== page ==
For decades, John Barton sprayed Roundup weed killer on his farm just outside of Bakersfield. There were days when he’d lug a large, 200-foot hose around his property to apply it. Other times, he’d strap a container full of the pesticide to his back and spray it as he walked. At the end of the day, he’d be soaked in sweat and drenched in the weed killer. He didn’t think twice about it because he was told Roundup was “as safe as table salt” and “safe enough to drink.”
Barton was diagnosed with non-Hodgkin lymphoma shortly after he retired from the farm in 2015. The diagnoses seemed to come out of nowhere. The only explanation Barton could find was his exposure to Roundup. He promptly joined thousands of others and filed a Roundup lawsuit against Bayer, the company that was now responsible for the controversial weed killer.
Studies Consider Link Between Roundup Exposure and Cancer
Are farmers who use Roundup at greater risk of getting cancer than others? A few studies have attempted to answer this question.
In 2004, the CDC wanted to know how Roundup exposure affected farmers and their families. The study focused on the level of glyphosate in their urine. Results confirmed that farmers and individuals who were exposed to Roundup had higher levels of the chemical in their urine than others.
60% of farmers and 12% of their children had glyphosate in their urine on the day the chemical was applied. Farmers who wore gloves had lower levels of the pesticide than those who didn’t. Levels were elevated for at least 3 days after exposure.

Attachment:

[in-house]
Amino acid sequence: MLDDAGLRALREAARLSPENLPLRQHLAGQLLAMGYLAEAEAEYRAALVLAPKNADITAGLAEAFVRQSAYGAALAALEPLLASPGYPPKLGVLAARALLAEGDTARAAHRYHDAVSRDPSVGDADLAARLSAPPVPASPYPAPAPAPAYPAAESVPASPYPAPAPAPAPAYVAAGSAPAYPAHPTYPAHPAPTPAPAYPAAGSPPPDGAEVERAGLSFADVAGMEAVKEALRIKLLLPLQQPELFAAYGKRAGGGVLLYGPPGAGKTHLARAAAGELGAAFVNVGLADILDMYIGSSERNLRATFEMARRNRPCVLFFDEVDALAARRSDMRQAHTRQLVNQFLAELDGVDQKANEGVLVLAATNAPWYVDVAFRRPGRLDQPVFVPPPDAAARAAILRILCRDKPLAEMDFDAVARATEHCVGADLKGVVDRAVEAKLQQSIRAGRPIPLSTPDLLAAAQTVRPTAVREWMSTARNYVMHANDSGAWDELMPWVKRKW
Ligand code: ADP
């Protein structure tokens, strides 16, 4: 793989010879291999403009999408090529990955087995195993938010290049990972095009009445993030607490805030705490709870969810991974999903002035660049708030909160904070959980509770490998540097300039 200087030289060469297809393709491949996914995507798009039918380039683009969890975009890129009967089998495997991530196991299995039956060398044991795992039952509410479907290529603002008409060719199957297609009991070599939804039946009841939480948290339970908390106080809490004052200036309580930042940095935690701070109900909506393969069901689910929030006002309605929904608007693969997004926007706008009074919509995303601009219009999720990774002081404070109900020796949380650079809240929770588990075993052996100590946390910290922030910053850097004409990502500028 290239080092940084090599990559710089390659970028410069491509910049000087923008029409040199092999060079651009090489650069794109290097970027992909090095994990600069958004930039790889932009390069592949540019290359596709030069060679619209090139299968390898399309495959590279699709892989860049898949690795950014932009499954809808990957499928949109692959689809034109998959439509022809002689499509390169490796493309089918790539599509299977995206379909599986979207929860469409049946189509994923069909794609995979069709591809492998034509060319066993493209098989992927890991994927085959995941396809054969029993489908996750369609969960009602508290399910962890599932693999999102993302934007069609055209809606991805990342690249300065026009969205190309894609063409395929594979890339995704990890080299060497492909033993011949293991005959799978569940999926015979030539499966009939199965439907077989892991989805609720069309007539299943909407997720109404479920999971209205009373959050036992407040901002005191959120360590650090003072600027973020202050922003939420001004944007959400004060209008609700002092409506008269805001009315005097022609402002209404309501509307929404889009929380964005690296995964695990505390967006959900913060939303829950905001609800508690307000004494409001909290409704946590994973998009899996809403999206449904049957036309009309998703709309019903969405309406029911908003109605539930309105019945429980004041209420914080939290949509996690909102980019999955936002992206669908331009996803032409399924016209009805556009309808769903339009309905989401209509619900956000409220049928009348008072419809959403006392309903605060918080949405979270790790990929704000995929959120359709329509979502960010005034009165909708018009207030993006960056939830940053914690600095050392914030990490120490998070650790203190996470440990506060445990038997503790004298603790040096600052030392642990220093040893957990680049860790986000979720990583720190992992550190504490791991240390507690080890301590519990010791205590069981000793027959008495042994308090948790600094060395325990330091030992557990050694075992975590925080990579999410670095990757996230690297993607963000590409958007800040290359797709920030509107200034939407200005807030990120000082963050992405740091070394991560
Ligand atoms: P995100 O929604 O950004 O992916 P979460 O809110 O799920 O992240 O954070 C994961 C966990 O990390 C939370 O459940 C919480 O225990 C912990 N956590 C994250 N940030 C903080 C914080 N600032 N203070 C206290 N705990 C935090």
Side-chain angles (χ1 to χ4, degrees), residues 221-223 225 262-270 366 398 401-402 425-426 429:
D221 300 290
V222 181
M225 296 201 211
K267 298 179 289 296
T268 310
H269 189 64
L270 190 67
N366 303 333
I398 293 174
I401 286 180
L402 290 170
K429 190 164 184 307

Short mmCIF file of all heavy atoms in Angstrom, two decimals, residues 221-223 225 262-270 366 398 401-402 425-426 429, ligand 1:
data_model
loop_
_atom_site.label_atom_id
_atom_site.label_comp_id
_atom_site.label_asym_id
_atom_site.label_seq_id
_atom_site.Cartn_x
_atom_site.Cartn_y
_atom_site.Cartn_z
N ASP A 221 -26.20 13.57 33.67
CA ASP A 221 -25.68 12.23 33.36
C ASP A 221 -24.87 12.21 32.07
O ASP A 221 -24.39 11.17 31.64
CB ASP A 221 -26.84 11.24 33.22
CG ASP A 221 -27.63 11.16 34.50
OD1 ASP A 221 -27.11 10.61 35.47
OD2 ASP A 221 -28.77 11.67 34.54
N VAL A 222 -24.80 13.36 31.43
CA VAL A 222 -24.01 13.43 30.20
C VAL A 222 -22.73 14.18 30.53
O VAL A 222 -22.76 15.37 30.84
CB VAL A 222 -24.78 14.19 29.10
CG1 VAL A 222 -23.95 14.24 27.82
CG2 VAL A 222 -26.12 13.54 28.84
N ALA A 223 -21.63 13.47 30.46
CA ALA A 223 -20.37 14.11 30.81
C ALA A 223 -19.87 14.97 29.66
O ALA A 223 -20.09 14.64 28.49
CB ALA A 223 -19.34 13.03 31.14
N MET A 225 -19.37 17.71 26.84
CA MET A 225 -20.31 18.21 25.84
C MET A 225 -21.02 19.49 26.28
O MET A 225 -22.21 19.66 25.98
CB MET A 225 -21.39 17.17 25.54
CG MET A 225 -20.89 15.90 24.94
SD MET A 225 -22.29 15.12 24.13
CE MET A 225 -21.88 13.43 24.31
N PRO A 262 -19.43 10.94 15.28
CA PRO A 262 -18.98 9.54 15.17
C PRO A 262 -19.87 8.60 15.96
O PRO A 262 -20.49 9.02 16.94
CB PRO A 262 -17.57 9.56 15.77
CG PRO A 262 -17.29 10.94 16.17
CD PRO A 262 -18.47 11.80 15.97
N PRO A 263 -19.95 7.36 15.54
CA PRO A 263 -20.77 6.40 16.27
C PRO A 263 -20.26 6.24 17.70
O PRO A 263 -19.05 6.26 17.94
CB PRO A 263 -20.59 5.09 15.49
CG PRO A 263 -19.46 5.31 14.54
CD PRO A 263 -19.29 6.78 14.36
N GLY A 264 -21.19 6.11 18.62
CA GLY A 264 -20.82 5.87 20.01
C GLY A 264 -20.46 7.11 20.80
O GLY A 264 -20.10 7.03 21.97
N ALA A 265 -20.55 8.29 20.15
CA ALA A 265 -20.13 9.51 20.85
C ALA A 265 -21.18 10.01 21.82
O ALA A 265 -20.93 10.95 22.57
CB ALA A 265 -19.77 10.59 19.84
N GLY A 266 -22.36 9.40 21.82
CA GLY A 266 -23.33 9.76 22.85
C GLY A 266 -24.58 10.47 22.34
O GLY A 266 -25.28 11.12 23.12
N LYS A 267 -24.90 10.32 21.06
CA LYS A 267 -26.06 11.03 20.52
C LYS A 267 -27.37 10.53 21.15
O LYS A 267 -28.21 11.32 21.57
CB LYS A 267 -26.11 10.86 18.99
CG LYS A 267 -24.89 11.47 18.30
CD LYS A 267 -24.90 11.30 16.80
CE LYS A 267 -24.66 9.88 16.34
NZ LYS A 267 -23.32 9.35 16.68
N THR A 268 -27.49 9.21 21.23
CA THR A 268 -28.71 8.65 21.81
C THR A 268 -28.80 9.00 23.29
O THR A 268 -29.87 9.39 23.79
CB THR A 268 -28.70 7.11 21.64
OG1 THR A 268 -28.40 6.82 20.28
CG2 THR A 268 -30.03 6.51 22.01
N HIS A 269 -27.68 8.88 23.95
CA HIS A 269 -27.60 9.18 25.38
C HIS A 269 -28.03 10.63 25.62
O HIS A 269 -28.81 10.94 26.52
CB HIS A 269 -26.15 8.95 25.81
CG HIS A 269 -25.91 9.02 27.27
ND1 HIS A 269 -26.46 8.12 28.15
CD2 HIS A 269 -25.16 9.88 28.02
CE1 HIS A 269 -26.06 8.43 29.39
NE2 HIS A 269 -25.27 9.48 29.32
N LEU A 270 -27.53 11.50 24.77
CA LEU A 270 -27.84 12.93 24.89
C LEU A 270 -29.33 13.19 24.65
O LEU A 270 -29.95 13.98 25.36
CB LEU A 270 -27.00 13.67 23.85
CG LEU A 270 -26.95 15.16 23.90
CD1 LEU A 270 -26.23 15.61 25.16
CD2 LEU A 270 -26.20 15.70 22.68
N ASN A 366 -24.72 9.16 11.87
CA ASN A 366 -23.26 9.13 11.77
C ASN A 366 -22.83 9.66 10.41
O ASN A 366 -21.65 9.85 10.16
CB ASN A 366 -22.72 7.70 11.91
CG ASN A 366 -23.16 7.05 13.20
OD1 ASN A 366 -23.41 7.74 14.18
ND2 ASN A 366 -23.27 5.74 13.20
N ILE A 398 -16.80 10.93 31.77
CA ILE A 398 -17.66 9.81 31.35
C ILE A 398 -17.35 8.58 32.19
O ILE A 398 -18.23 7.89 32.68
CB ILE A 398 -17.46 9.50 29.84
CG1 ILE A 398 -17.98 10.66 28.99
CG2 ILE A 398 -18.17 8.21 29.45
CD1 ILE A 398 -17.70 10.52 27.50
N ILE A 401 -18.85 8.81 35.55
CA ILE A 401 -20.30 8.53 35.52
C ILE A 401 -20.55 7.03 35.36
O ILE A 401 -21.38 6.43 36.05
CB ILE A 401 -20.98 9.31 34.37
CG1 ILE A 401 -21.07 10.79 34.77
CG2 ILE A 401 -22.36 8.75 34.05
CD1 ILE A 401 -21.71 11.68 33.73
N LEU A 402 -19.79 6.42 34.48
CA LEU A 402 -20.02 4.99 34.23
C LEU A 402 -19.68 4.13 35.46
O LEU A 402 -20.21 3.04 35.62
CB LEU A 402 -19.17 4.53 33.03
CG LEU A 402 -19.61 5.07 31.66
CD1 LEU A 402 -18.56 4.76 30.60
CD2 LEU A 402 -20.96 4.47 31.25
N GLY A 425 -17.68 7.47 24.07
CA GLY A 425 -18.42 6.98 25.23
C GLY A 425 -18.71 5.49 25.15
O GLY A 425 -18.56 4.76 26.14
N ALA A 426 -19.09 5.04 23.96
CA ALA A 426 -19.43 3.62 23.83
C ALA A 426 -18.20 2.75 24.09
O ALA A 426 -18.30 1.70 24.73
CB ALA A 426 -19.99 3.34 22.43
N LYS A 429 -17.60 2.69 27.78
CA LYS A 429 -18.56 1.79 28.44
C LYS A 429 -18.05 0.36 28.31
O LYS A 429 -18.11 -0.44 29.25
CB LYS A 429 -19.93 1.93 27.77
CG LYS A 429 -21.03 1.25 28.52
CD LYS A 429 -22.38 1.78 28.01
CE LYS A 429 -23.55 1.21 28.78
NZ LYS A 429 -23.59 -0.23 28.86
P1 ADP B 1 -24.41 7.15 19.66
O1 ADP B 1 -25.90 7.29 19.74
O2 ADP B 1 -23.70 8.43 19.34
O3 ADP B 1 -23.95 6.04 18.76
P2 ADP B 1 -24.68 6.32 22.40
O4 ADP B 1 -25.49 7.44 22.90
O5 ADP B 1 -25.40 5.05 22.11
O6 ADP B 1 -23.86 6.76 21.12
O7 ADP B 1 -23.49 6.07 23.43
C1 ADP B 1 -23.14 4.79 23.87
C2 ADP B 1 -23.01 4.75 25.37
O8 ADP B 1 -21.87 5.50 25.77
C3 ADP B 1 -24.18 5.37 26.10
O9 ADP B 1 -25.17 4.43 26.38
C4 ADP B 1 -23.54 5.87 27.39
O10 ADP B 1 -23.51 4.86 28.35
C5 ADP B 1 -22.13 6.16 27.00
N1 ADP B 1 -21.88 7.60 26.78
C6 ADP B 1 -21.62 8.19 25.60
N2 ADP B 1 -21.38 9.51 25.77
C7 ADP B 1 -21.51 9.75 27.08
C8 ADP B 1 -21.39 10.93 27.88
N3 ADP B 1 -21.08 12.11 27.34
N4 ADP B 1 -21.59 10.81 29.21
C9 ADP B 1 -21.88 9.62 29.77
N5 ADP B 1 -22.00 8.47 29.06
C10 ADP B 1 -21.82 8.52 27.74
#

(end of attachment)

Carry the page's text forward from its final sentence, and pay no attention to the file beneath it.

Other studies have taken a closer look at the link between glyphosate exposure and cancer.
A 2001 study out of Canada found that the more you’re exposed to glyphosate, the more likely it is you’ll be diagnosed with cancer.
In 2003, American researchers determined that a rise in the rate of cancer among farmers and farmworkers could be attributed to Roundup.
In 2014, another American study confirmed that glyphosate exposure is a huge factor in cancer diagnoses.
By 2015, the World Health Organization had recognized glyphosate as “probably carcinogenic” to humans. Again, the greater the exposure, the greater the risk of getting cancer.
These studies make it clear that individuals like Barton who use Roundup every day are more likely to develop cancer than others. Roundup is the most likely culprit, as there aren’t really any other common factors to explain why so many people who use the pesticide get cancer.
California’s Laws Protect Roundup Victims
Roundup has been used across the world for decades. However, there is a mounting pile of evidence to suggest that the pesticide isn’t safe. There’s also evidence showing that Monsanto – now Bayer – has known about glyphosate health risks since it first started selling Roundup.
Consumers were never told about those risks. In fact, Monsanto told farmers like Barton that Roundup was so safe that it wouldn’t hurt them if they drank it. Note that company officials always declined to drink the pesticide when asked to prove their point.
Consumers have been harmed because Monsanto knowingly sold a dangerous product and didn’t warn about the risks. The company deprived millions of people of making informed decisions about the products they used. Fortunately, California has product liability laws to protect injured consumers.
In California, companies can be strictly liable for harm caused by their defective products. Consumers don’t have to prove negligence. They simply have to prove that they were injured while using a product as intended because it was dangerous.